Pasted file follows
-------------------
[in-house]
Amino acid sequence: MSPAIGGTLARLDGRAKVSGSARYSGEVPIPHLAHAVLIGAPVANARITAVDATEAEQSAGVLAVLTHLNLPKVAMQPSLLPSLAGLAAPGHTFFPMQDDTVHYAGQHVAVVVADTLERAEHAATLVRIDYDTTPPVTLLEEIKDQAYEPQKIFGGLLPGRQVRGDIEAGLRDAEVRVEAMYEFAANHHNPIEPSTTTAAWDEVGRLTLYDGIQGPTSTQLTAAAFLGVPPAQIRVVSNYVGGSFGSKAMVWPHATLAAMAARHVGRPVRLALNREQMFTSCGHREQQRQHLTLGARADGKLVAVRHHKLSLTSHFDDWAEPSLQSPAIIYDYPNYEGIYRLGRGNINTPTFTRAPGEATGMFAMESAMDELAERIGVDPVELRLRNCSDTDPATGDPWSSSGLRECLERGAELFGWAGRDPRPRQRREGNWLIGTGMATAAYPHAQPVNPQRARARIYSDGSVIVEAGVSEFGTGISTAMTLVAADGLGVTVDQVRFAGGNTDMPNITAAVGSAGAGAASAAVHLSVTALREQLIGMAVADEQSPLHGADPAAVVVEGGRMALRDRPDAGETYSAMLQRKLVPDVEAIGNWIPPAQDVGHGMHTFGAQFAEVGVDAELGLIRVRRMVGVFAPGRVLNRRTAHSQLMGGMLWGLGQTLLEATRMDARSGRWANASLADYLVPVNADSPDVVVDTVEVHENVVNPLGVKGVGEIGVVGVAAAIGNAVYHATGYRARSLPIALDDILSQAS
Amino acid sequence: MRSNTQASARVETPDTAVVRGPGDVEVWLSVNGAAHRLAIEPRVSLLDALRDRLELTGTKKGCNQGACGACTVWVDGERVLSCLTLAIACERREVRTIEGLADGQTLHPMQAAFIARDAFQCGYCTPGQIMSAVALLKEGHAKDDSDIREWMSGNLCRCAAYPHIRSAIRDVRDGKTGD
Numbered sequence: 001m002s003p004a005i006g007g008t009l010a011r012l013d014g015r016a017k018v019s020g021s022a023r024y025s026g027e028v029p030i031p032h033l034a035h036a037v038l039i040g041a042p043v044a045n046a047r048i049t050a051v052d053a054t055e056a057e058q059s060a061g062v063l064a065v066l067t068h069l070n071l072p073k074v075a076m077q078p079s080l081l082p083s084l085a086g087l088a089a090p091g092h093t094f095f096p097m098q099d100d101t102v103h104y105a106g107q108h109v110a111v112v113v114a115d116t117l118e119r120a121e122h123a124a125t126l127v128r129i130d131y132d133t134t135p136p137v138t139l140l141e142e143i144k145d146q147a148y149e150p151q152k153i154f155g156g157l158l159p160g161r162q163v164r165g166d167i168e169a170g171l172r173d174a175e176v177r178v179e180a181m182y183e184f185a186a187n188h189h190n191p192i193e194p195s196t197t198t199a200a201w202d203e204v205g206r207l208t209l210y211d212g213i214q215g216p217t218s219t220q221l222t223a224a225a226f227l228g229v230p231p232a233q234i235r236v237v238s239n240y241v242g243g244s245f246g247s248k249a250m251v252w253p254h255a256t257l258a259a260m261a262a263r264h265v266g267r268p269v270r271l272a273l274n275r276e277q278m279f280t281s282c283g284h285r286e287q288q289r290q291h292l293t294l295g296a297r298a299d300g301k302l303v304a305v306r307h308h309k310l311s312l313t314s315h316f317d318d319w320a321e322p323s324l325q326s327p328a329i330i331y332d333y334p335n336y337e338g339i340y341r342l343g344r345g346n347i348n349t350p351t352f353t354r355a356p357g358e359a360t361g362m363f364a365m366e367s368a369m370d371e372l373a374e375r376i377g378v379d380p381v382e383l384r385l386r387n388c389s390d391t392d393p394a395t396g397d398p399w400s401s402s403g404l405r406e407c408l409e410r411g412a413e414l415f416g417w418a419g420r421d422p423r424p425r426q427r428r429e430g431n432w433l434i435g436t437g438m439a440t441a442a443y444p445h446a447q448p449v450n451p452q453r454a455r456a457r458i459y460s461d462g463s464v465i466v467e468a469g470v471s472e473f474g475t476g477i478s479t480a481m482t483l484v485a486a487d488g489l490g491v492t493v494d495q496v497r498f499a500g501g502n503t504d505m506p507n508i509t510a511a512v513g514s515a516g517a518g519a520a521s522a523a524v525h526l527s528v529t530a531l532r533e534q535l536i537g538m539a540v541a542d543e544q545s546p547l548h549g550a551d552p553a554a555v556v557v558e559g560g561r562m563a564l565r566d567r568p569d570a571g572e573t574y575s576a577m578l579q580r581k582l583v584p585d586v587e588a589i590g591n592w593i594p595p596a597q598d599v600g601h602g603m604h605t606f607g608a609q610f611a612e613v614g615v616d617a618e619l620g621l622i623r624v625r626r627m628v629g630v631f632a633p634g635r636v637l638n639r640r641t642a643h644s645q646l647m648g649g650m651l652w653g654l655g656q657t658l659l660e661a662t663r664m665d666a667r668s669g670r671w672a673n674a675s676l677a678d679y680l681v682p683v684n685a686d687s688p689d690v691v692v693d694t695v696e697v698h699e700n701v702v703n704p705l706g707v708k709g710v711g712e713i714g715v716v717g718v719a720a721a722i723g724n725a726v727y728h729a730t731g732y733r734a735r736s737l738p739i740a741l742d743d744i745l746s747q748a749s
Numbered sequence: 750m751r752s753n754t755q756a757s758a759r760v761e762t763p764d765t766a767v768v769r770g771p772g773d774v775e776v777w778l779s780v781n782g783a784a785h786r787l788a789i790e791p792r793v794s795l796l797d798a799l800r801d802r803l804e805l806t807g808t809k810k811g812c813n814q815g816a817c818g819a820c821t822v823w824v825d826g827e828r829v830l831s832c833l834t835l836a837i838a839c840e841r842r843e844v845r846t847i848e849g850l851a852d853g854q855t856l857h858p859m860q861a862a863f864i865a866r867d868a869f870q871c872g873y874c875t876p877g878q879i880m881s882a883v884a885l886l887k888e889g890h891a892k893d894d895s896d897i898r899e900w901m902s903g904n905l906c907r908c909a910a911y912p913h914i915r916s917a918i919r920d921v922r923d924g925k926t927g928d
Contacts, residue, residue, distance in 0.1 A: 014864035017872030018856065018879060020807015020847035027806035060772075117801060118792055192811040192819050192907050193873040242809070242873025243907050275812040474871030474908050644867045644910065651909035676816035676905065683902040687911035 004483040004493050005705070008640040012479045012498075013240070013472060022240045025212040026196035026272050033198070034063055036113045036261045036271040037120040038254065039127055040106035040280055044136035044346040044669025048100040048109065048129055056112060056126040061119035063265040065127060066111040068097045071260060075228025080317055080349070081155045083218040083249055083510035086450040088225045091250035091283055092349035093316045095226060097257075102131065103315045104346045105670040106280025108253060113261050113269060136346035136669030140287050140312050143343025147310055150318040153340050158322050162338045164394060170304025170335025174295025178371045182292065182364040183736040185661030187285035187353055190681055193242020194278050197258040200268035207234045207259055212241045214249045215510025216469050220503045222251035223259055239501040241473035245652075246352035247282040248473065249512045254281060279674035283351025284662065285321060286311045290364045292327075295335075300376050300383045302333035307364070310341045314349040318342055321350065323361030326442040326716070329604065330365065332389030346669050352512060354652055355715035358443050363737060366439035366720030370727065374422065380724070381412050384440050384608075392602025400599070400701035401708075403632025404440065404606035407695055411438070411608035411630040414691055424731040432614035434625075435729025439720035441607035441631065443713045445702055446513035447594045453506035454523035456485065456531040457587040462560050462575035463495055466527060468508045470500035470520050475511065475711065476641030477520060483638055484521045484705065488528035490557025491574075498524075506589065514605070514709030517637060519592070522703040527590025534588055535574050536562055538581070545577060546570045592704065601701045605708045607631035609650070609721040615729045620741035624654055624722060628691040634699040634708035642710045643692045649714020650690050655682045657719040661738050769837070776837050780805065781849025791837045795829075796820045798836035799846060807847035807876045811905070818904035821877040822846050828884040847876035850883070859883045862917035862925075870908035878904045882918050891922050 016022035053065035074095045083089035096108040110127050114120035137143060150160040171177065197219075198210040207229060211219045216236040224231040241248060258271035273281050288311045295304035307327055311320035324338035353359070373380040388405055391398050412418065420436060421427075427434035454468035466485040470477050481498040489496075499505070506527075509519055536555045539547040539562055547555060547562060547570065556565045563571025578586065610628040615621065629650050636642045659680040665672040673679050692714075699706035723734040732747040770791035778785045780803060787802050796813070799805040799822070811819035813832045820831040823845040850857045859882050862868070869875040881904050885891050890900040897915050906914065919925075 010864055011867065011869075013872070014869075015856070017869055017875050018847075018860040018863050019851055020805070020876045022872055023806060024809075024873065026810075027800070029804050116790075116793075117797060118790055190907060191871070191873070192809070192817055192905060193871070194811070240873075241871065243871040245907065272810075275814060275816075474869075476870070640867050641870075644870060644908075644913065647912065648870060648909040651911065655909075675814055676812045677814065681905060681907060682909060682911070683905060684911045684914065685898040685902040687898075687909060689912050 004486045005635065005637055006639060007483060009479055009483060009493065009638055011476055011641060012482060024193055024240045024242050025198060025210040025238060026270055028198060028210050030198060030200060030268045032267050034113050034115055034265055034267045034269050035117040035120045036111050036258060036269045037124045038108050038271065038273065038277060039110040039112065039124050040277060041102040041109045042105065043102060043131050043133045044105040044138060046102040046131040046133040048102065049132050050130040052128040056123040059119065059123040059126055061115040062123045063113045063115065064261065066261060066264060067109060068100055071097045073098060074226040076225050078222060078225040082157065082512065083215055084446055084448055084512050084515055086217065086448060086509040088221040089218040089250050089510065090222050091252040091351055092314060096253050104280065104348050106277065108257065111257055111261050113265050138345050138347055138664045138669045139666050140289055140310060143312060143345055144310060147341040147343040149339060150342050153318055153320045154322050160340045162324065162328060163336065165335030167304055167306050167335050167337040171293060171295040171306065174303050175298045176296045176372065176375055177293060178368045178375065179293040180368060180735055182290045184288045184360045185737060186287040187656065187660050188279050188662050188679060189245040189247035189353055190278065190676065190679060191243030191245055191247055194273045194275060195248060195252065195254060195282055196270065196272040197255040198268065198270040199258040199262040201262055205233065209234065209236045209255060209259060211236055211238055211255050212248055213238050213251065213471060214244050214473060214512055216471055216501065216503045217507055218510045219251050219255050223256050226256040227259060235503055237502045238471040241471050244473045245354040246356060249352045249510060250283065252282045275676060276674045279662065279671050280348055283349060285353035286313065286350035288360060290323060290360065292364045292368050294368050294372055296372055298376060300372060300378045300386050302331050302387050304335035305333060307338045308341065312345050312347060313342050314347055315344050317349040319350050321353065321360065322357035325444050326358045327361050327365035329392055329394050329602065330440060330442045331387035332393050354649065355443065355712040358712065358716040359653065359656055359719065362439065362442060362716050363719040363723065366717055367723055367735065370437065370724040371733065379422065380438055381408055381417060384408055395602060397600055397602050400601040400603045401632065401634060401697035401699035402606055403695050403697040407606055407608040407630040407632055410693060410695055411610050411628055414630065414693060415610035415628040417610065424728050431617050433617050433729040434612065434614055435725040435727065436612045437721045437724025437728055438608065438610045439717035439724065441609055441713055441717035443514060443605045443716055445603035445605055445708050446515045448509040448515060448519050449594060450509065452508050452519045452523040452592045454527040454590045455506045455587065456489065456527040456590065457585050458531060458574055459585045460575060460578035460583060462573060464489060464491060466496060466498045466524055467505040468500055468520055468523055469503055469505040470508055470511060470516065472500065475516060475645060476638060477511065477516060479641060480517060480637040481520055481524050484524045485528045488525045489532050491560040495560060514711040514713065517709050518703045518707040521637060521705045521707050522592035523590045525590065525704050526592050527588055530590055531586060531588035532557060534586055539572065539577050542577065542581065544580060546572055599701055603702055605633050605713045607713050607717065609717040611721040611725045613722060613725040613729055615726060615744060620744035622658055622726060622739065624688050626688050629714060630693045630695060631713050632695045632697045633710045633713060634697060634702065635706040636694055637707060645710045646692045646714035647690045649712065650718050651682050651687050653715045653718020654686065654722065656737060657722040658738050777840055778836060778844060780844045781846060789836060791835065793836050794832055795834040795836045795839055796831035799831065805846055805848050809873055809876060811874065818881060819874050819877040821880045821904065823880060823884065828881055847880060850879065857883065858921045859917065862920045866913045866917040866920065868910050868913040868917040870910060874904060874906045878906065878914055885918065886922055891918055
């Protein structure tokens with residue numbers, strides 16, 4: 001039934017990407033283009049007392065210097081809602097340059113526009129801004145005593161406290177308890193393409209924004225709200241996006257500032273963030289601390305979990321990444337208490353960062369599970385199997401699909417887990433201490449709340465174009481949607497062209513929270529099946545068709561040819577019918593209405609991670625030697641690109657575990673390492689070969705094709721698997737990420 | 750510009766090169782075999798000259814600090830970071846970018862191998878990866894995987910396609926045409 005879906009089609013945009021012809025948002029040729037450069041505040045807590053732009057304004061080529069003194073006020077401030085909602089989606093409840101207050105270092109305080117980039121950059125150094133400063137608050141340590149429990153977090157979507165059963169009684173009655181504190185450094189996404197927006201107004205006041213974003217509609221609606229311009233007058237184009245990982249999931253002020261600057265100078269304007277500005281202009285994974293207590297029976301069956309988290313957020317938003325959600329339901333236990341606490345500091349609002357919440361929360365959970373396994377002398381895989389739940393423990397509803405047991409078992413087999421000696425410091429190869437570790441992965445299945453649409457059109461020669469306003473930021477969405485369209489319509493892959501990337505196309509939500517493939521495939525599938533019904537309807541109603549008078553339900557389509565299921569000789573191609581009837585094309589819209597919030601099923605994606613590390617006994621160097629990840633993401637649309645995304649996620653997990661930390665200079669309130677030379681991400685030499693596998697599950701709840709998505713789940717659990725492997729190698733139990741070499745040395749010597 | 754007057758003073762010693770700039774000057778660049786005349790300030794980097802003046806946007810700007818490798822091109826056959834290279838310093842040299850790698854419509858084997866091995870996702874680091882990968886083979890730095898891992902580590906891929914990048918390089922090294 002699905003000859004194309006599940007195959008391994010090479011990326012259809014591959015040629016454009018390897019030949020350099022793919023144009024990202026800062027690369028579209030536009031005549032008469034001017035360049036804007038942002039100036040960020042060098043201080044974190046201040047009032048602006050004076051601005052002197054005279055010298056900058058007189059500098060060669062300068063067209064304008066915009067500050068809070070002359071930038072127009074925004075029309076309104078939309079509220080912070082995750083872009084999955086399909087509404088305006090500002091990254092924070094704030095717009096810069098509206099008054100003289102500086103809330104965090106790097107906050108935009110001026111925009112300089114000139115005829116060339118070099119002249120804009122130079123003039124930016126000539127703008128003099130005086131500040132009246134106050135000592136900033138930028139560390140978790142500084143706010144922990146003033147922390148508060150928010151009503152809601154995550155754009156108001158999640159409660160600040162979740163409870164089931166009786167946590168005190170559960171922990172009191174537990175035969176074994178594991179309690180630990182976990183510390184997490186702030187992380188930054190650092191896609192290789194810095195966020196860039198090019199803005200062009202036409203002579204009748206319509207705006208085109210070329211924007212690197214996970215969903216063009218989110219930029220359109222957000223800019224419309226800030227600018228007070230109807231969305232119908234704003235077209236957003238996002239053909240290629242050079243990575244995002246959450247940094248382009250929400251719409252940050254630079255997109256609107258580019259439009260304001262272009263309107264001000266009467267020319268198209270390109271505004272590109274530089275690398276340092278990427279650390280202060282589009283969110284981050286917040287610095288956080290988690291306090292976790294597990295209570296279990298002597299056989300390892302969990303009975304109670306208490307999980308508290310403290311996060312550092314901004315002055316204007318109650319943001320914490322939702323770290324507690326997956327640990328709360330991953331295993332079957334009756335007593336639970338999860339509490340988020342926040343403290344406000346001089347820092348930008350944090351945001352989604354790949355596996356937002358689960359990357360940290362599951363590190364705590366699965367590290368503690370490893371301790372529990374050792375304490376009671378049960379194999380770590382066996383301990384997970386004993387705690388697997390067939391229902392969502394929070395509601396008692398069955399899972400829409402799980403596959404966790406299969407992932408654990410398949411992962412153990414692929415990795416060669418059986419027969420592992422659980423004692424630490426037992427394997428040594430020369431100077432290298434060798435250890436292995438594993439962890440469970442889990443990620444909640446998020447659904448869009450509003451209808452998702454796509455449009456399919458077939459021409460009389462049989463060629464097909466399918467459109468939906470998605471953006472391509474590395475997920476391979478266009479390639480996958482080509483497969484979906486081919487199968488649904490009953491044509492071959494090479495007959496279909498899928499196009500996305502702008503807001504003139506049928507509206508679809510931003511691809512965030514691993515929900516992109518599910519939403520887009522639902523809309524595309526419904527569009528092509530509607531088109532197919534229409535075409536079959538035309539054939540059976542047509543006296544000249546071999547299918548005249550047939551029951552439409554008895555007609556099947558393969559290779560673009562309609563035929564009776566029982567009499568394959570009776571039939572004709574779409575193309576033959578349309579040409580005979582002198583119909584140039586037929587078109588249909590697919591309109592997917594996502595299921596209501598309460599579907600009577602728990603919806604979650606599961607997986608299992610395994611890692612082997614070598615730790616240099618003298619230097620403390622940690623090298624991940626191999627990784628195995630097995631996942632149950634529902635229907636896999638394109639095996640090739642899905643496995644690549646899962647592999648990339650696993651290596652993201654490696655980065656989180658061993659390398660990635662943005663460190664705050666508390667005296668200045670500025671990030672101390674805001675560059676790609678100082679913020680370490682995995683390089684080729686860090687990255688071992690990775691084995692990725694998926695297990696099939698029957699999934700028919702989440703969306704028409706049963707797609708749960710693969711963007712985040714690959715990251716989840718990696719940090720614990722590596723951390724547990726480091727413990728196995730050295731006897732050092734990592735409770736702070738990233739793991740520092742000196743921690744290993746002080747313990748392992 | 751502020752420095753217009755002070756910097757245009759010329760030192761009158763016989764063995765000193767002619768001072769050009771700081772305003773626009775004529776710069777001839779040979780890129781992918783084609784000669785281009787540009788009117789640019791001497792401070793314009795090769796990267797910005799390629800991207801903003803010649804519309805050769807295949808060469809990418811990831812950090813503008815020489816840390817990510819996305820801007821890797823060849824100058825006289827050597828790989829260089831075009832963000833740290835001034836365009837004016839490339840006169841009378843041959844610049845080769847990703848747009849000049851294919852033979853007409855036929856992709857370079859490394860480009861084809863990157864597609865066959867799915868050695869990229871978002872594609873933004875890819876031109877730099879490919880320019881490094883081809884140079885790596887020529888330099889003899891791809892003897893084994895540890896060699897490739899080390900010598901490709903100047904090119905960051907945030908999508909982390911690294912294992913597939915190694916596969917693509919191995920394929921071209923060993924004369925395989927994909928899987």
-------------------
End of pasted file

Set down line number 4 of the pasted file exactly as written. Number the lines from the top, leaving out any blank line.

Numbered sequence: 001m002s003p004a005i006g007g008t009l010a011r012l013d014g015r016a017k018v019s020g021s022a023r024y025s026g027e028v029p030i031p032h033l034a035h036a037v038l039i040g041a042p043v044a045n046a047r048i049t050a051v052d053a054t055e056a057e058q059s060a061g062v063l064a065v066l067t068h069l070n071l072p073k074v075a076m077q078p079s080l081l082p083s084l085a086g087l088a089a090p091g092h093t094f095f096p097m098q099d100d101t102v103h104y105a106g107q108h109v110a111v112v113v114a115d116t117l118e119r120a121e122h123a124a125t126l127v128r129i130d131y132d133t134t135p136p137v138t139l140l141e142e143i144k145d146q147a148y149e150p151q152k153i154f155g156g157l158l159p160g161r162q163v164r165g166d167i168e169a170g171l172r173d174a175e176v177r178v179e180a181m182y183e184f185a186a187n188h189h190n191p192i193e194p195s196t197t198t199a200a201w202d203e204v205g206r207l208t209l210y211d212g213i214q215g216p217t218s219t220q221l222t223a224a225a226f227l228g229v230p231p232a233q234i235r236v237v238s239n240y241v242g243g244s245f246g247s248k249a250m251v252w253p254h255a256t257l258a259a260m261a262a263r264h265v266g267r268p269v270r271l272a273l274n275r276e277q278m279f280t281s282c283g284h285r286e287q288q289r290q291h292l293t294l295g296a297r298a299d300g301k302l303v304a305v306r307h308h309k310l311s312l313t314s315h316f317d318d319w320a321e322p323s324l325q326s327p328a329i330i331y332d333y334p335n336y337e338g339i340y341r342l343g344r345g346n347i348n349t350p351t352f353t354r355a356p357g358e359a360t361g362m363f364a365m366e367s368a369m370d371e372l373a374e375r376i377g378v379d380p381v382e383l384r385l386r387n388c389s390d391t392d393p394a395t396g397d398p399w400s401s402s403g404l405r406e407c408l409e410r411g412a413e414l415f416g417w418a419g420r421d422p423r424p425r426q427r428r429e430g431n432w433l434i435g436t437g438m439a440t441a442a443y444p445h446a447q448p449v450n451p452q453r454a455r456a457r458i459y460s461d462g463s464v465i466v467e468a469g470v471s472e473f474g475t476g477i478s479t480a481m482t483l484v485a486a487d488g489l490g491v492t493v494d495q496v497r498f499a500g501g502n503t504d505m506p507n508i509t510a511a512v513g514s515a516g517a518g519a520a521s522a523a524v525h526l527s528v529t530a531l532r533e534q535l536i537g538m539a540v541a542d543e544q545s546p547l548h549g550a551d552p553a554a555v556v557v558e559g560g561r562m563a564l565r566d567r568p569d570a571g572e573t574y575s576a577m578l579q580r581k582l583v584p585d586v587e588a589i590g591n592w593i594p595p596a597q598d599v600g601h602g603m604h605t606f607g608a609q610f611a612e613v614g615v616d617a618e619l620g621l622i623r624v625r626r627m628v629g630v631f632a633p634g635r636v637l638n639r640r641t642a643h644s645q646l647m648g649g650m651l652w653g654l655g656q657t658l659l660e661a662t663r664m665d666a667r668s669g670r671w672a673n674a675s676l677a678d679y680l681v682p683v684n685a686d687s688p689d690v691v692v693d694t695v696e697v698h699e700n701v702v703n704p705l706g707v708k709g710v711g712e713i714g715v716v717g718v719a720a721a722i723g724n725a726v727y728h729a730t731g732y733r734a735r736s737l738p739i740a741l742d743d744i745l746s747q748a749s